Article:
Simple Minds The Walls Came Down
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Although back in the day, no house was complete without a garden in front and a patch of kitchen garden in the back as well as and a few essential big trees -- like a pair of coconut trees to meet household consumption, along with a spattering of guava or lemon, one or two mango trees and even a jackfruit plant. Then the time came when the price of land surpassed that of gold many times over, and the race to fully grab all habitable land space grew, every inch being cordoned off from the rest. These walls spoke about the owners. We have seen walls that totally block the view from a house. So the purpose of these outer boundary walls, in most cases, was to mark ownership as well as take care of the security issue. The low height walls of old times were not to block the views of the onlookers, but to make the whole building aesthetically pleasing, added to by well nurtured gardens, manicured lawns, as well as the children playing in them. Then the fort like houses invaded, taking over almost the whole city, marred by boundary walls up to 7-10 feet high!
I wish to document the art on city walls through the medium of photography. As I travel along the streets of Kingston with my camera, I observe the development in artistic skill. Street [End Page 184] images can have a huge impact, since much consideration is given to the use of colors, forms, rendering techniques, and image sizes. Primed walls covered with bright primary colors are becoming significant eye-catchers in just about any area (fig. 1). Children under the guidance of talented adults are now involved in these wall painting exercises, and while the stories behind the images are often jumbled, the colors are bright, giving some hope and light to the areas in which they are painted.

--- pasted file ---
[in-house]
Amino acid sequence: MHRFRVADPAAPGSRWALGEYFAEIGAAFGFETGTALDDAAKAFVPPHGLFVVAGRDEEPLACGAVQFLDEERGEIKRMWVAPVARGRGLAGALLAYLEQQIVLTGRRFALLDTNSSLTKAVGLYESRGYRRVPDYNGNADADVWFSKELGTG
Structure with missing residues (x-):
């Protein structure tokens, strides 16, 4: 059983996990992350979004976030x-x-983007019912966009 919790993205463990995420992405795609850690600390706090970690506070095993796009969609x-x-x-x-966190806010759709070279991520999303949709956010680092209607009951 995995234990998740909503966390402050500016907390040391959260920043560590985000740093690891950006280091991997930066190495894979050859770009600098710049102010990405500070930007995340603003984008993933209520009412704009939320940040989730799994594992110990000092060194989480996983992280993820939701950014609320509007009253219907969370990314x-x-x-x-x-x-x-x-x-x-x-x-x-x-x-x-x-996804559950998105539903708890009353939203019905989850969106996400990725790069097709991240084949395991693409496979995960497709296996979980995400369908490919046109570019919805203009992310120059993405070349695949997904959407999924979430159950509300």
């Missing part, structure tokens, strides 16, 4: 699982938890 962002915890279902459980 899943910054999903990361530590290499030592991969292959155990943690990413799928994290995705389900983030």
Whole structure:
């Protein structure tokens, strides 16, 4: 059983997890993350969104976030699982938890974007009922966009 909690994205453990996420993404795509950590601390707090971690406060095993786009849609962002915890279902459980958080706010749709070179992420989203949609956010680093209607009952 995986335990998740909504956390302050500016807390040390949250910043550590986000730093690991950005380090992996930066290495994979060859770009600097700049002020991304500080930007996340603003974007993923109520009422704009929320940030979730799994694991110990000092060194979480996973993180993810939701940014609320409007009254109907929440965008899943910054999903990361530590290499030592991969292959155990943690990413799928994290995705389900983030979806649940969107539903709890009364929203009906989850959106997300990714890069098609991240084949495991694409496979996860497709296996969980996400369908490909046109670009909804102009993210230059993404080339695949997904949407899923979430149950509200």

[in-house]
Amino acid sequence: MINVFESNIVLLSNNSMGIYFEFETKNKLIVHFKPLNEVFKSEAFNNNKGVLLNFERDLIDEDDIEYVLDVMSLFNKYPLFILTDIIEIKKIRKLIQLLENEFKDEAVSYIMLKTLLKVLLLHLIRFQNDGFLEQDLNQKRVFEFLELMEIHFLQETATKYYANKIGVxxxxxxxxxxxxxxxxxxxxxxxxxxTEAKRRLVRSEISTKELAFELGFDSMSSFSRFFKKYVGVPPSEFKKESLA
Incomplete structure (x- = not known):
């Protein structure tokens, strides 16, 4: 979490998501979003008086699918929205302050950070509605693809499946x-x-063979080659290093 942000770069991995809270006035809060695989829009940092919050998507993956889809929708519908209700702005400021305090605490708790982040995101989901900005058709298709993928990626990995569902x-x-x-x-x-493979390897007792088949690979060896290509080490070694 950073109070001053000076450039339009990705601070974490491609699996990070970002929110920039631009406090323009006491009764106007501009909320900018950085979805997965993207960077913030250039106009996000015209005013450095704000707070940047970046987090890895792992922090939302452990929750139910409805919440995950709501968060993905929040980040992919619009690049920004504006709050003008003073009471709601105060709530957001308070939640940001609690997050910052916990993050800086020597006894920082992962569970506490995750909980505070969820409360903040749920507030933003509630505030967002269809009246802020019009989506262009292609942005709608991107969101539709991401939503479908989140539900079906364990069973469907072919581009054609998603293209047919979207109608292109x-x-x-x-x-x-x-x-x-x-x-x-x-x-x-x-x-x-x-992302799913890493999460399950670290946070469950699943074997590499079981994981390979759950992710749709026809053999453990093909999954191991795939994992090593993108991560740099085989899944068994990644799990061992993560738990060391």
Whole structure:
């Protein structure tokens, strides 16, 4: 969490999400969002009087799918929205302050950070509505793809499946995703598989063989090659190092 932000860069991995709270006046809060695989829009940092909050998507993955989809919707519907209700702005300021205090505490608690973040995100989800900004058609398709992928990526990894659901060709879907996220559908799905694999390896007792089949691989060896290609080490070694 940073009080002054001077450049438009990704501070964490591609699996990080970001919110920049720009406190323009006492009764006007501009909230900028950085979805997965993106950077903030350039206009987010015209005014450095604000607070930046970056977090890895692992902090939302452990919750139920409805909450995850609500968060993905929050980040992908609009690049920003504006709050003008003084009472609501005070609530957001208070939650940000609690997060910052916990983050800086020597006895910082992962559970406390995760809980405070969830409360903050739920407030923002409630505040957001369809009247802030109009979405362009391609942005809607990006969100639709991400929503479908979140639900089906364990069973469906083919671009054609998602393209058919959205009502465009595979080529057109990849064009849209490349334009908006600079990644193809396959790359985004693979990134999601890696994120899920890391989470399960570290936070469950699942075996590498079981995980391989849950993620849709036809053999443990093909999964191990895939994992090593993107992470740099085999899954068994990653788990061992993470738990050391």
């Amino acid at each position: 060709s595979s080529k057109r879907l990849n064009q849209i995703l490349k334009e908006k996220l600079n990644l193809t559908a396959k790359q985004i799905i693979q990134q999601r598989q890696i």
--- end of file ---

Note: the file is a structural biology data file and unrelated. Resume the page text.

Communities will pay artists to have an event advertised or to have some outstanding story told in colorful imagery, including representations of men gunned down under whatever circumstances. In these instances the walls become oversize death announcements, providing the same function as the death column in the newspaper, but more people from the area get a firsthand opportunity to appreciate the message. It is up to the artist to create an image that adequately depicts the dead person, and the sheer size, placement, and colors of the image can have a powerful impact, similar to that of a monument designed for a hero. Since there are no enforced regulations restricting the freedom of these artists, image sizes are becoming larger and far more imposing, and are now appearing in places outside of the small lane or the corner where people hang out. Death announcements are now painted on some major thoroughfares (fig. 2). 781b155fdc